From her shelter in Ukraine's second city Kharkiv, Vera Lytovchenko has become a social media sensation with her violin performances that help her forget the war, if only for a few minutes.
Her renditions of Vivaldi and Ukrainian melodies have triggered an avalanche of messages of support from around the world and she has used the attention to launch a fundraiser.
"I'm not a doctor, a soldier, or a politician. I just play the violin," Lytovchenko told AFP over WhatsApp.
"I don't want to feel helpless. I want to help my friends and music teachers who have lost their homes, their jobs, their instruments," she added.
A soloist with the Kharkiv Opera Orchestra, the 39-year-old said she was inspired by one of her students who played violin for people taking refuge in a subway.
She has been living in the basement with 11 others, including children and elderly, since the city near the Russian border came under heavy bombardment.
"I consider myself very privileged because I'm in a cellar where we have heating, electricity, food. There are people who are not so lucky," she said.
Helping his country through music is also the goal of Illia Bondarenko, 20, who filmed himself in a shelter playing a Ukrainian folk song, "Verbovaya Doschechka," on the violin.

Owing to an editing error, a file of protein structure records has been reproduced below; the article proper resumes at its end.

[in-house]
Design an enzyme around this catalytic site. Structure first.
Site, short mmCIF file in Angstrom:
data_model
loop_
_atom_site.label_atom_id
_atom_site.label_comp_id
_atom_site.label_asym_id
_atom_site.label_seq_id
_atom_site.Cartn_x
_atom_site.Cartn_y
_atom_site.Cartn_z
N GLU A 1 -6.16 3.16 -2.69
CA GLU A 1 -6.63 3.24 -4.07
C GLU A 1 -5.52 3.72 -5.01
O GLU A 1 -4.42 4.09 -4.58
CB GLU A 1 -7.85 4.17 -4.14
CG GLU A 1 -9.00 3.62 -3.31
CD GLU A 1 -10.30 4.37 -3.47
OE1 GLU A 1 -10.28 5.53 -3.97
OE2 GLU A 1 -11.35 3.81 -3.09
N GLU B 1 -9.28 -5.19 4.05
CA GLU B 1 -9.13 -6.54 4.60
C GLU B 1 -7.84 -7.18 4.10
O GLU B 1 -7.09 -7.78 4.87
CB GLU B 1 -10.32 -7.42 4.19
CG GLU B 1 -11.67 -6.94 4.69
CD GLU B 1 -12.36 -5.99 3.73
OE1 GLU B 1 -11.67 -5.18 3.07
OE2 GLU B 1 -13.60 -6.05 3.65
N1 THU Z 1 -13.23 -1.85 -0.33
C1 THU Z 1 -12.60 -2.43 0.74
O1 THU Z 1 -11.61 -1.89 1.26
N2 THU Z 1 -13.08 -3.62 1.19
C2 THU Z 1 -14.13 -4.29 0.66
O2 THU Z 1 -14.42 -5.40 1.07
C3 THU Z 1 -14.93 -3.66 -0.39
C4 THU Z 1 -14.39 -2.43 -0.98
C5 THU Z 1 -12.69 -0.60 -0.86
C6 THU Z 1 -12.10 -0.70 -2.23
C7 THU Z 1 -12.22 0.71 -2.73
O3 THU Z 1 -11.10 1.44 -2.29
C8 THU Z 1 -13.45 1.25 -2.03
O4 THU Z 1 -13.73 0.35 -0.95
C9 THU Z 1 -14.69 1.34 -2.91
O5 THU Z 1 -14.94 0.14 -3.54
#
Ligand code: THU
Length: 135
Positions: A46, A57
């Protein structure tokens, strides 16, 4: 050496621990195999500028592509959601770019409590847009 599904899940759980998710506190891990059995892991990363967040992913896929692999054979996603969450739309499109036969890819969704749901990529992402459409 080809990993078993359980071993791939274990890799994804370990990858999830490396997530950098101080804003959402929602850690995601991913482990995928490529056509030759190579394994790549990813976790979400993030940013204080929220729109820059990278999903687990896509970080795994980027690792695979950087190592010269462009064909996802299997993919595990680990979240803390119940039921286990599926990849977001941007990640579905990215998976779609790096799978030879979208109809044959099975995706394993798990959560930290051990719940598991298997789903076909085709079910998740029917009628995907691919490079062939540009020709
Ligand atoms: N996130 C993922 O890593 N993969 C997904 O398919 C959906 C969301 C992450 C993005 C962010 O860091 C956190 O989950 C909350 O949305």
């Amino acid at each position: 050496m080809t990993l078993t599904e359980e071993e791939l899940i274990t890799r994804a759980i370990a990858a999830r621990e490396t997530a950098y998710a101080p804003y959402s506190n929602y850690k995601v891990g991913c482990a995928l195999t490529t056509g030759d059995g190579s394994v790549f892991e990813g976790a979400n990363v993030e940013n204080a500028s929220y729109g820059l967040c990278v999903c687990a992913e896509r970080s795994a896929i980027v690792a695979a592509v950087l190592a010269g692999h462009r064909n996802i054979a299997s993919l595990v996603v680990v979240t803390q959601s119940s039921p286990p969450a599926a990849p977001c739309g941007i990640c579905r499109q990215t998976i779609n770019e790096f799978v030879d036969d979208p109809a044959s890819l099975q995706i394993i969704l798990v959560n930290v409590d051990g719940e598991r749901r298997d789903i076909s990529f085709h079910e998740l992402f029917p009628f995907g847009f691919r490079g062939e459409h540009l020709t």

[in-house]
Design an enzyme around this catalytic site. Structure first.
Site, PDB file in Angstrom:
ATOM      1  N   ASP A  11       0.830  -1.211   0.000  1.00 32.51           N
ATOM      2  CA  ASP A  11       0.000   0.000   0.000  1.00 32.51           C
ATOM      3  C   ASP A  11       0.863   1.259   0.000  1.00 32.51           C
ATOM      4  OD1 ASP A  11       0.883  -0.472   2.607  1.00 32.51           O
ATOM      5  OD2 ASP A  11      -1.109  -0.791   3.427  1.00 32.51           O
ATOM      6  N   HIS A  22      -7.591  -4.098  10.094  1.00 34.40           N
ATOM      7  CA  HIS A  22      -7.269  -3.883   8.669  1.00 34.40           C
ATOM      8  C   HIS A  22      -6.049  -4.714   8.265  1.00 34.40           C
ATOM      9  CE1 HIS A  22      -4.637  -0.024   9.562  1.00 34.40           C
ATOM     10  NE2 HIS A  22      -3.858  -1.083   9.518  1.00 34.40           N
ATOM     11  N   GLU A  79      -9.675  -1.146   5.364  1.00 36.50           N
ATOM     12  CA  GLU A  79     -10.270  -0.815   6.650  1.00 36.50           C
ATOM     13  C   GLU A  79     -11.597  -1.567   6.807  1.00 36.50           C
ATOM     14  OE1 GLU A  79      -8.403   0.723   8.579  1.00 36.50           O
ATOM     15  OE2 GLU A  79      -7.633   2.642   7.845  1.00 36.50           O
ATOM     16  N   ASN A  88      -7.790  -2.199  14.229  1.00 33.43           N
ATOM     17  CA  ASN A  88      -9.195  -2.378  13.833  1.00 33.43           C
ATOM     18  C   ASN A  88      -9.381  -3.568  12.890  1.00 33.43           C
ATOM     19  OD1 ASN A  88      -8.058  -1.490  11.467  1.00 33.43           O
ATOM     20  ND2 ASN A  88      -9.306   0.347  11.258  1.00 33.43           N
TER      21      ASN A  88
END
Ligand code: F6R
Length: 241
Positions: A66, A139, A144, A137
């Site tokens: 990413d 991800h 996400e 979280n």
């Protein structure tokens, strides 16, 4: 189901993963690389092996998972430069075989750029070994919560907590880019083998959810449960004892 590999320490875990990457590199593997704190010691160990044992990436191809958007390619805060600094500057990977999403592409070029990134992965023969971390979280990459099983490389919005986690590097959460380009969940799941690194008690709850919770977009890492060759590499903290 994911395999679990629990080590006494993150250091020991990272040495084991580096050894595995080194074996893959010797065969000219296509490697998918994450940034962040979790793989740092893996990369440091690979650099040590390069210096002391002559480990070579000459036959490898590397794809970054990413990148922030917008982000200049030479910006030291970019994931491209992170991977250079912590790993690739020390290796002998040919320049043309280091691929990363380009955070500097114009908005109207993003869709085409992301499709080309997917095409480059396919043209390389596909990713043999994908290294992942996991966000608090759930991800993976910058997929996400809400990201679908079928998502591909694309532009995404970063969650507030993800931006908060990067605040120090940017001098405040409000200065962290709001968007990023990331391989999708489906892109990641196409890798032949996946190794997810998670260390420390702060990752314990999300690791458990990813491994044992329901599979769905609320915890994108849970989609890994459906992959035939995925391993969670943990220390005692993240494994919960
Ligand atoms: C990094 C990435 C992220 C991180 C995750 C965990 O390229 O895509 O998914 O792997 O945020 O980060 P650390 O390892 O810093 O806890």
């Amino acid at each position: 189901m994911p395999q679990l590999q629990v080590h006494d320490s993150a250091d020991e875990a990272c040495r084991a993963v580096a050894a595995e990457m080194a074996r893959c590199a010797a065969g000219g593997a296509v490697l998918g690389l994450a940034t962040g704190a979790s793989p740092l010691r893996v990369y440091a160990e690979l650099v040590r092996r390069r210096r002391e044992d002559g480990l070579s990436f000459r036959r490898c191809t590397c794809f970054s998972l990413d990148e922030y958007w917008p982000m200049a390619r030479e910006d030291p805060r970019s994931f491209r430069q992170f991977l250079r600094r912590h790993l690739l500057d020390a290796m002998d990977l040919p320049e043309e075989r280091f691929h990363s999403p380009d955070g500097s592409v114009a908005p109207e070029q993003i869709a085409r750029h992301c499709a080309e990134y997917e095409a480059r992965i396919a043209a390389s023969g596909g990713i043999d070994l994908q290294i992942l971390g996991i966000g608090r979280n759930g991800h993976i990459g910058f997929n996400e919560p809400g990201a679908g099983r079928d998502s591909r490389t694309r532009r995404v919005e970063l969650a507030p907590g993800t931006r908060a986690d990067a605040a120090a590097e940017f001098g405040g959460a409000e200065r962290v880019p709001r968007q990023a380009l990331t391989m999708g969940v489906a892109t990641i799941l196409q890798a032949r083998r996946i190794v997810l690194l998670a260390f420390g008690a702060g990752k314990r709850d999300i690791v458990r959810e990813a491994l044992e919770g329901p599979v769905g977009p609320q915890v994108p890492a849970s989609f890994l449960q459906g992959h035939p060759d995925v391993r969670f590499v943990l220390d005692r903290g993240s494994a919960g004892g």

Through a video montage, he was joined by 94 violinists from 70 countries, including the entire violin section of the Munich Chamber Orchestra, as well as nine of his compatriots.
'Music has power'
The clip went viral after being shared by the London Symphony Orchestra with over 3.6 million views on Facebook alone — part of a "Violinists for Ukraine" campaign raising money for victims of the war.
"Music has power and Ukrainian musicians are now soldiers on their battlefield," said Bondarenko, who took refuge with his grandmother in the Lviv region of western Ukraine but remains worried about his parents stranded in Zhytomyr, closer to Kyiv.
Bondarenko, who was studying composition at the Kyiv Conservatory, sees his instrument as a "weapon of resistance."
"I can do more with my music than with weapons," he said.
The London Symphony Orchestra's Kerenza Peacock, who organized the project, said some violinists had apologized for not being able to participate because they were going to the front.
"There are many musicians who have taken up arms to defend our country," confirmed Mariya Klymenko, 23, who left the Kyiv region for Lviv.
She posted a video on Instagram playing a Ukrainian lullaby with her colleague, guitarist Yuri Bikbaev — but by video link because he was stuck back in the capital.
"He stayed in Kyiv and sealed the windows of his apartment to protect himself. We wanted to get back to the bond that we had before the war," she said.
"I chose this lullaby because my mother sang it to me to calm me down when I was a baby. And I want people who watch the video to feel peace in their hearts."